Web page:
Images of a beauty queen from University of North Carolina's Yackety Yack annual, 1901
I've been experiencing this cognitive dissonance for a while - it comes from the fact that I've been listening to the Beatles remasters constantly since they came out, but I haven't written anything about them here (I kind of think of Wires and Waves as an online "journal" of my listening habits). I've enjoyed the mono versions of the albums a lot and wanted to say something about them, but I don't want to write a long spiel about how I grew up listening to everything in stereo, so I even love the "terrible" stereo mixes of the early Beatles albums. So I think I'll write about Mono Masters, the only truly new release of all the recent Beatles remasters. And it may be my favorite Beatles release ever.
Intended to be a companion to the stereo Past Masters collection of Beatles singles, Mono Masters compiles the mono versions of those singles for the first time on CD (I think). Obviously, the first disc is a big improvement, because the stereo mixes of those early Beatles singles were not great, pushing all the vocals to one channel for a lopsided listening experience. I was more surprised by the second disc, though - Disc 2 of Past Masters has long been a favorite, primarily because of the first three singles on it, "Day Tripper"/"We Can Work It Out", "Paperback Writer"/"Rain", and "Lady Madonna"/"The Inner Light". Mono Masters gives you those great singles as they were heard on the radio when they first came out (they sound really good!), and then it trims off a single that I've never really liked much, "The Ballad of John and Yoko"/"Old Brown Shoe". There was never a mono mix of that single, but it's no big loss.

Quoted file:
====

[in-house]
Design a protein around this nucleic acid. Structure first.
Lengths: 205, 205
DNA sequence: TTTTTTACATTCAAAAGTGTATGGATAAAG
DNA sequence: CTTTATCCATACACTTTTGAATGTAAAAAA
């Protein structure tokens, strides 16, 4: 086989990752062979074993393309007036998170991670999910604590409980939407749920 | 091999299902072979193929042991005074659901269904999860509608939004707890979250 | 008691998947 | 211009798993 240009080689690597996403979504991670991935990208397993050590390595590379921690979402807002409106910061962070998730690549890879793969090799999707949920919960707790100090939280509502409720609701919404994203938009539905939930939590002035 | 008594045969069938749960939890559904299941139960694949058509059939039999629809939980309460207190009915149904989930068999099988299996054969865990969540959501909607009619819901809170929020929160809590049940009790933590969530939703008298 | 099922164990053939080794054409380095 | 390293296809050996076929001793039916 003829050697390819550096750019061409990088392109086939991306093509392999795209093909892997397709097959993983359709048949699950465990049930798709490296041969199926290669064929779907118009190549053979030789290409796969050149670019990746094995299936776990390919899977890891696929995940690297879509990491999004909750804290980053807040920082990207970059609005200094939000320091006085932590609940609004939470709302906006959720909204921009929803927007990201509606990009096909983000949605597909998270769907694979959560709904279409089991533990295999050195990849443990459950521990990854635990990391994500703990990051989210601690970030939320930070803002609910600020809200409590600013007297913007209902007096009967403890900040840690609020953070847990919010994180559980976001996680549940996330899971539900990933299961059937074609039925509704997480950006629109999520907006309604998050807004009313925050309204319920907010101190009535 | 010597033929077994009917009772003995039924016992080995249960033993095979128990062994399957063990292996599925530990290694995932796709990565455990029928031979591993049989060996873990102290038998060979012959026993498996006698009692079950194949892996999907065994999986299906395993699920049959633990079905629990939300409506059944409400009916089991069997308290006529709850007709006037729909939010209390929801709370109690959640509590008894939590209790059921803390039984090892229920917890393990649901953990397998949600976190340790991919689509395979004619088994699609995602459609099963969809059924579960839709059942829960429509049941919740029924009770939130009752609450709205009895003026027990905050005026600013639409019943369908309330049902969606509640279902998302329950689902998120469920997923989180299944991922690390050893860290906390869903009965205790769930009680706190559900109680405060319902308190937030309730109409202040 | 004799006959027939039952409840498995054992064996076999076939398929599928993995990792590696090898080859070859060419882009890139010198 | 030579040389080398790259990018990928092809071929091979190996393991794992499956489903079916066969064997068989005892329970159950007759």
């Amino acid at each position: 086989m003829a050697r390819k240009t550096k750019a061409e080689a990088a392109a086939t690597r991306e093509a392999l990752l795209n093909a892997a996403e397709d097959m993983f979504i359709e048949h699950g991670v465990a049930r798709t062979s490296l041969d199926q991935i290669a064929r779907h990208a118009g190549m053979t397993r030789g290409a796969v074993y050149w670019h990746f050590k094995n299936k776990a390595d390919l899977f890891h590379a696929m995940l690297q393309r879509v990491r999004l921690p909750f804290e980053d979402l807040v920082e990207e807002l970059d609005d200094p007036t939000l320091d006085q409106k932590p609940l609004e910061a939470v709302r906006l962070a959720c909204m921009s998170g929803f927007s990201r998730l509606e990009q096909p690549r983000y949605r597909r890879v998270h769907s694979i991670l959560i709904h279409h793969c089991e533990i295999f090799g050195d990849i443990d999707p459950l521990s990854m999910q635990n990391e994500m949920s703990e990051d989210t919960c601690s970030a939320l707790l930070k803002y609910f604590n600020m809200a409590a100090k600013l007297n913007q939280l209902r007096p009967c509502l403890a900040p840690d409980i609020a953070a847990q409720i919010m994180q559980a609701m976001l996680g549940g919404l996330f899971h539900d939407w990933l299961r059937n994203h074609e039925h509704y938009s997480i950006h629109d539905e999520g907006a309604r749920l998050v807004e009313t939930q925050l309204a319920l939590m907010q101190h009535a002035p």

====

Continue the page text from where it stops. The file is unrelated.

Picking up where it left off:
The cool thing is that Mono Masters replaces that single with the tracks from the lost Yellow Submarine EP, previously unheard mono versions of "Only a Northern Song", "All Together Now", "Hey Bulldog", and "It's All Too Much". I know that not everyone loves those songs as much as I do, but they sound better here than they did on the "remixed" soundtrack album from a few years ago. Combined with the '65-'68 non-album singles I love so much, these tracks make the second disc of Mono Masters one of the most varied and non-linear collections of Beatles songs outside the White Album.
It's still got the single version of "Hey Jude", which I don't love, and "You Know My Name (Look Up the Number)" is what it is, but I find myself coming back to this disc again and again. It know it's kind of silly - anyone could make a Beatles mix with these songs, but these mono mixes sound really good, and the alchemy of this new sequence just makes it better. I hope that Mono Masters becomes generally available at some point, because this should be accessible to those who don't want to spring for the Beatles Mono Box. Here's the mono mix of "Only a Northern Song", which has a dense, forceful feel to it that I never got from the stereo version, and the trumpet sounds really bright and immediate. Highly recommended.
"Only a Northern Song (Mono)" by the Beatles